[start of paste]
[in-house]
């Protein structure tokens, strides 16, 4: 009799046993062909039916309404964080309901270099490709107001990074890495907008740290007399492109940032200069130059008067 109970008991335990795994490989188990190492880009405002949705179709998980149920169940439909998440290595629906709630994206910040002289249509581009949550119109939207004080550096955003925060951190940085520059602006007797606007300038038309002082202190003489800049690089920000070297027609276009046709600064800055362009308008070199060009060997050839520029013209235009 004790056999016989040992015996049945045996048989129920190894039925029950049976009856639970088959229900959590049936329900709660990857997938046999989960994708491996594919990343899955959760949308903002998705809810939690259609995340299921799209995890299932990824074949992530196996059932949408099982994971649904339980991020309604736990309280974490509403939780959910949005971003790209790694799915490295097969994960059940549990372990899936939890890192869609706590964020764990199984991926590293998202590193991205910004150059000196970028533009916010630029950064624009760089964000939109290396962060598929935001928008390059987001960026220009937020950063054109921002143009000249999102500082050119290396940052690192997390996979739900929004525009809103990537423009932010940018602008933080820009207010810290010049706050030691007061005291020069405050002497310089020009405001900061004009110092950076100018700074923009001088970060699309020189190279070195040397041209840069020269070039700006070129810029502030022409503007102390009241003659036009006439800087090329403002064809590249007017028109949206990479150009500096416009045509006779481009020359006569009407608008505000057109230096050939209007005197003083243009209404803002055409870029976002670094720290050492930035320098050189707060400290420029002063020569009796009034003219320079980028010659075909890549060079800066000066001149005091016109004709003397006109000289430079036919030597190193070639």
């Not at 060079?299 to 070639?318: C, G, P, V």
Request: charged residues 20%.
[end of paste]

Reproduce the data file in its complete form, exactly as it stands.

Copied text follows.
[in-house]
């Protein structure tokens, strides 16, 4: 009799046993062909039916309404964080309901270099490709107001990074890495907008740290007399492109940032200069130059008067 109970008991335990795994490989188990190492880009405002949705179709998980149920169940439909998440290595629906709630994206910040002289249509581009949550119109939207004080550096955003925060951190940085520059602006007797606007300038038309002082202190003489800049690089920000070297027609276009046709600064800055362009308008070199060009060997050839520029013209235009 004790056999016989040992015996049945045996048989129920190894039925029950049976009856639970088959229900959590049936329900709660990857997938046999989960994708491996594919990343899955959760949308903002998705809810939690259609995340299921799209995890299932990824074949992530196996059932949408099982994971649904339980991020309604736990309280974490509403939780959910949005971003790209790694799915490295097969994960059940549990372990899936939890890192869609706590964020764990199984991926590293998202590193991205910004150059000196970028533009916010630029950064624009760089964000939109290396962060598929935001928008390059987001960026220009937020950063054109921002143009000249999102500082050119290396940052690192997390996979739900929004525009809103990537423009932010940018602008933080820009207010810290010049706050030691007061005291020069405050002497310089020009405001900061004009110092950076100018700074923009001088970060699309020189190279070195040397041209840069020269070039700006070129810029502030022409503007102390009241003659036009006439800087090329403002064809590249007017028109949206990479150009500096416009045509006779481009020359006569009407608008505000057109230096050939209007005197003083243009209404803002055409870029976002670094720290050492930035320098050189707060400290420029002063020569009796009034003219320079980028010659075909890549060079800066000066001149005091016109004709003397006109000289430079036919030597190193070639």
């Not at 060079?299 to 070639?318: C, G, P, V």
Request: charged residues 20%.